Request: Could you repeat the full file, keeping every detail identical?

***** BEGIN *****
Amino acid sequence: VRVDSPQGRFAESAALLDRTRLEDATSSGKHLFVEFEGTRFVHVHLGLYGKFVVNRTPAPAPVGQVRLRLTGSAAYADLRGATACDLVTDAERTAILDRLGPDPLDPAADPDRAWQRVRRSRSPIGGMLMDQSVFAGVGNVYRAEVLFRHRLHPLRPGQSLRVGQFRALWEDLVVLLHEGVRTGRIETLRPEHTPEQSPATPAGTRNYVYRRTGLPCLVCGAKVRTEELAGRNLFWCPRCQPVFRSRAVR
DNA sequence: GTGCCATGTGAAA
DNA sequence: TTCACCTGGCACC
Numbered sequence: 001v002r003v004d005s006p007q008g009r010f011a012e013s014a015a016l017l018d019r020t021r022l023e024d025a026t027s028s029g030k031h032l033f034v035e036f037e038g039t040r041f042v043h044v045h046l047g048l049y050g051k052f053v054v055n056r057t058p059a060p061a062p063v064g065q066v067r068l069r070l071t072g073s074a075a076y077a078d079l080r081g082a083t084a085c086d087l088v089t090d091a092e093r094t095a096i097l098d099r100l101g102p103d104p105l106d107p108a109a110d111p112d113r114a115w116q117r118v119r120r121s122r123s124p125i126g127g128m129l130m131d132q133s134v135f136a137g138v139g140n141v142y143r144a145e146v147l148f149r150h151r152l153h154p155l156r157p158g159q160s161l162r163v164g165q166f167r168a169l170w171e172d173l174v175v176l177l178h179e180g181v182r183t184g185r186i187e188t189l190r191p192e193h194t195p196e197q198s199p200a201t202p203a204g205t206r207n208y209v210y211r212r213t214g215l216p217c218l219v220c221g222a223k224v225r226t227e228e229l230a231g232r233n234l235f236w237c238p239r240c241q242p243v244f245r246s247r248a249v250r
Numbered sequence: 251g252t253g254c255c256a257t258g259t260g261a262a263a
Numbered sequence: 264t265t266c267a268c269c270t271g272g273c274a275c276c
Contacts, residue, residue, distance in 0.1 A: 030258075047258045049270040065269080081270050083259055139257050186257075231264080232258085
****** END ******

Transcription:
Amino acid sequence: VRVDSPQGRFAESAALLDRTRLEDATSSGKHLFVEFEGTRFVHVHLGLYGKFVVNRTPAPAPVGQVRLRLTGSAAYADLRGATACDLVTDAERTAILDRLGPDPLDPAADPDRAWQRVRRSRSPIGGMLMDQSVFAGVGNVYRAEVLFRHRLHPLRPGQSLRVGQFRALWEDLVVLLHEGVRTGRIETLRPEHTPEQSPATPAGTRNYVYRRTGLPCLVCGAKVRTEELAGRNLFWCPRCQPVFRSRAVR
DNA sequence: GTGCCATGTGAAA
DNA sequence: TTCACCTGGCACC
Numbered sequence: 001v002r003v004d005s006p007q008g009r010f011a012e013s014a015a016l017l018d019r020t021r022l023e024d025a026t027s028s029g030k031h032l033f034v035e036f037e038g039t040r041f042v043h044v045h046l047g048l049y050g051k052f053v054v055n056r057t058p059a060p061a062p063v064g065q066v067r068l069r070l071t072g073s074a075a076y077a078d079l080r081g082a083t084a085c086d087l088v089t090d091a092e093r094t095a096i097l098d099r100l101g102p103d104p105l106d107p108a109a110d111p112d113r114a115w116q117r118v119r120r121s122r123s124p125i126g127g128m129l130m131d132q133s134v135f136a137g138v139g140n141v142y143r144a145e146v147l148f149r150h151r152l153h154p155l156r157p158g159q160s161l162r163v164g165q166f167r168a169l170w171e172d173l174v175v176l177l178h179e180g181v182r183t184g185r186i187e188t189l190r191p192e193h194t195p196e197q198s199p200a201t202p203a204g205t206r207n208y209v210y211r212r213t214g215l216p217c218l219v220c221g222a223k224v225r226t227e228e229l230a231g232r233n234l235f236w237c238p239r240c241q242p243v244f245r246s247r248a249v250r
Numbered sequence: 251g252t253g254c255c256a257t258g259t260g261a262a263a
Numbered sequence: 264t265t266c267a268c269c270t271g272g273c274a275c276c
Contacts, residue, residue, distance in 0.1 A: 030258075047258045049270040065269080081270050083259055139257050186257075231264080232258085